Wednesday, June 29, 2011

Lee Martin

Lee Martin is the author of the Pulitzer Prize finalist The Bright Forever; a novel, Quakertown; a story collection, The Least You Need to Know; and two memoirs, From Our House and Turning Bones. He has won a fellowship from the National Endowment for the Arts, the Mary McCarthy Prize in Short Fiction, a Lawrence Foundation Award, and the Glenna Luschei Prize. He lives in Columbus, Ohio, where he directs the creative writing program at The Ohio State University.

His new novel is Break the Skin.

Earlier this month I asked Martin what he was reading. His reply:
I recently read Stewart O’Nan’s novel, Emily, Alone, because I’m a big fan of Stewart’s work, and I wanted to have a look at his latest. I knew going in that this was a story about aging, as seen through the consciousness of its main character, eighty-year-old Emily Maxwell. Before I even opened the book, I felt heartened by the fact that Stewart had bravely taken on subject matter that was rife with challenges. How does one successfully tell the story of a woman who is toward the end of her life? How does one tell that story without falling into cliché and sentimentality? Well, if you’re a novelist as gifted as Stewart so clearly is, you pull it all off by being a close observer of the particulars of your character’s world. In that way, Emily’s story becomes only hers, notable for all its idiosyncrasies, and at the same time the story of all of us. Stewart, in his vibrant, humorous, and poignant portrait of Emily, reminds us that the lived life, no matter of how many advanced years, is a life made up of specific choices, circumstances, consequences, joys, hopes, fears, regrets, and all the other things that make us human. Reading this book also reminded me of how the small details of a life always add up to something significant in the hands of an expert novelist. In Emily, Alone, that “something” is the resonance of the human spirit insisting on maintaining hope even toward the end of a life when so much is so precious because time is so short. To my way of thinking, there aren’t enough novels these days that feature older characters—they’re often forgotten in literature as they are in real life—and I’m so very glad that Stewart took on Emily Maxwell and treated her with so much love, candor, and respect. She’s a character who will stay with me a very long time, the way family members now gone stay in my heart.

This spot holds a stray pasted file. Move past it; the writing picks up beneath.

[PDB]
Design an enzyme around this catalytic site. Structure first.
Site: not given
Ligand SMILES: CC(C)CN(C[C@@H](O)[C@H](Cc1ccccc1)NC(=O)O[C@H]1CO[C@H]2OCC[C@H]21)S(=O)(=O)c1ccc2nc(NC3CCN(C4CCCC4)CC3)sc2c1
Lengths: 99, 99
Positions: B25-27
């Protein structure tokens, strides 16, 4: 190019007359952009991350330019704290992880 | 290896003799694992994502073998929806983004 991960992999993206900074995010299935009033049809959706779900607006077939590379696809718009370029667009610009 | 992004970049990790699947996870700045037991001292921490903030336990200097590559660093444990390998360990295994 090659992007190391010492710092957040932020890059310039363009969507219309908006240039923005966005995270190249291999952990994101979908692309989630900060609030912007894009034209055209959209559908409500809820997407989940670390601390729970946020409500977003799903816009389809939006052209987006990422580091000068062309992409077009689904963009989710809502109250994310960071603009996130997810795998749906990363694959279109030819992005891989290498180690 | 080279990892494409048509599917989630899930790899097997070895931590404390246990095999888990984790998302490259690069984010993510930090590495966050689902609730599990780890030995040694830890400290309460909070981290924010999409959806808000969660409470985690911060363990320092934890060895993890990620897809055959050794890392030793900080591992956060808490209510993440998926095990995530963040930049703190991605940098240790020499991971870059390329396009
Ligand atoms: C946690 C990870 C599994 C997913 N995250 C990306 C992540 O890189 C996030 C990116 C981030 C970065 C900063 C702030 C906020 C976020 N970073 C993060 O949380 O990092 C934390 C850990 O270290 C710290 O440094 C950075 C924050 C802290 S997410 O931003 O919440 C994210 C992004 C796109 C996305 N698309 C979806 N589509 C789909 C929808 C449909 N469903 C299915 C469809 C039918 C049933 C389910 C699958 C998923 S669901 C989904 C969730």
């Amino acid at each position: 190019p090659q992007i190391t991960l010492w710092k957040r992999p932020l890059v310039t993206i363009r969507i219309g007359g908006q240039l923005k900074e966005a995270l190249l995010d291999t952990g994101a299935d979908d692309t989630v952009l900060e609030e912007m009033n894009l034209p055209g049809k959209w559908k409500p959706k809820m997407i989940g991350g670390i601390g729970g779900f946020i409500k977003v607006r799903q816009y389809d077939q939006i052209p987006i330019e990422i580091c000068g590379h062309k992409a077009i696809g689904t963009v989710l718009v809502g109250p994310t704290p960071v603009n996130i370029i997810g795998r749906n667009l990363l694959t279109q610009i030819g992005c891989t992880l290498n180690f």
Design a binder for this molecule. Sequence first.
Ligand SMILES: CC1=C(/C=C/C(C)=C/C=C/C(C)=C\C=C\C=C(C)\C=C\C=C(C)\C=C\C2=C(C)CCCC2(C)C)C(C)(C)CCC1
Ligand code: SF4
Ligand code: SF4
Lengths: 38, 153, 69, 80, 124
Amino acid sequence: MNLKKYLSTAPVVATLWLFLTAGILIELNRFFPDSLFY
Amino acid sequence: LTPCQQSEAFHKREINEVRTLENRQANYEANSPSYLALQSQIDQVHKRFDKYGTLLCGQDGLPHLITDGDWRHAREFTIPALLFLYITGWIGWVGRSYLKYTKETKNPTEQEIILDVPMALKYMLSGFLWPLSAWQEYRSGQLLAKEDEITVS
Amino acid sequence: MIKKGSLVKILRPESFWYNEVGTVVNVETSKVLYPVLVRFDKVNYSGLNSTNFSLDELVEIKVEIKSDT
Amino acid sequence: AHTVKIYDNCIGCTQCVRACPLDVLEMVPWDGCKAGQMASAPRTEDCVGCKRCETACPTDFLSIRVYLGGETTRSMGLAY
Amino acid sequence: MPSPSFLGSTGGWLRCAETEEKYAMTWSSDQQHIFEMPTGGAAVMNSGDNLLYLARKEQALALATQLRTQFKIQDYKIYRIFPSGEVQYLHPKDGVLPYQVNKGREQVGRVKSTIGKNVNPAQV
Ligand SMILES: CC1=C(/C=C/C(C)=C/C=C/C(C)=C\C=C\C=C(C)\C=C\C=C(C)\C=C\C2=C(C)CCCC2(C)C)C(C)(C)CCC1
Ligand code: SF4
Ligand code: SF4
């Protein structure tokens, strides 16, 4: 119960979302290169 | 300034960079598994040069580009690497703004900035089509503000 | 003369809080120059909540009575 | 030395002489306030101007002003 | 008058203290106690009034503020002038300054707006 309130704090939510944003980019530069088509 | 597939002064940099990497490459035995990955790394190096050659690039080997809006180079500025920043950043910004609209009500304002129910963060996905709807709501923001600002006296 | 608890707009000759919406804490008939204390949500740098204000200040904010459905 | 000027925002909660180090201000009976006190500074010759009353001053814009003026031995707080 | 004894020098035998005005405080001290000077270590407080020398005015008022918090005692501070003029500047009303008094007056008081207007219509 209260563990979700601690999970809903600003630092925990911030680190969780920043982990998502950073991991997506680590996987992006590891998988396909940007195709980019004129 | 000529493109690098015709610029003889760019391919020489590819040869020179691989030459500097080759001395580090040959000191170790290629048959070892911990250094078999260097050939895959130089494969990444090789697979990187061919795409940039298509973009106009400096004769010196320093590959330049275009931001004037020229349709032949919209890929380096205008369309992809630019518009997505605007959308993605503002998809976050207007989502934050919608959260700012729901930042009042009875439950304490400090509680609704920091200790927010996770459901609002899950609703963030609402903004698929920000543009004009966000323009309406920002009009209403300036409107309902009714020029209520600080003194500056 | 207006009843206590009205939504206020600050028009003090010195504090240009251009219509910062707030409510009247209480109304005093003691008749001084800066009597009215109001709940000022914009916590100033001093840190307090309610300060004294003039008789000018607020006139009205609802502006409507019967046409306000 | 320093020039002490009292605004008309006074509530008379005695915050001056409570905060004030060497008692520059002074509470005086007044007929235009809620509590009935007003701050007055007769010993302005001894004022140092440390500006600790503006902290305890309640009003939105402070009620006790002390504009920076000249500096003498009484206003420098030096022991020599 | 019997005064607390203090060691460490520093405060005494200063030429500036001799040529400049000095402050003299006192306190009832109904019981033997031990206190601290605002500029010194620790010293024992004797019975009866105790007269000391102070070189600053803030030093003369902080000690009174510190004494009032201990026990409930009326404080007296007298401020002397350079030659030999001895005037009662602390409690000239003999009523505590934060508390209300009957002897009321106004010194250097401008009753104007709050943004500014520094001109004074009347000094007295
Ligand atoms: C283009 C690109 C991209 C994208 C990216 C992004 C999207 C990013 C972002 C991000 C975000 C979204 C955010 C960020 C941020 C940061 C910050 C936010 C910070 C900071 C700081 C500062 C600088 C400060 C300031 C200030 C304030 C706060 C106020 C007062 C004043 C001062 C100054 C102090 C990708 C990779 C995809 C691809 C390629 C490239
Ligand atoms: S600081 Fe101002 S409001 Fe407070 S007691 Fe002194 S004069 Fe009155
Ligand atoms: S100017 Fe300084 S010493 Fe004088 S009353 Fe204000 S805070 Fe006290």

Visit Lee Martin's website and blog.

The Page 69 Test: Break the Skin.

My Book, The Movie: Break the Skin.

--Marshal Zeringue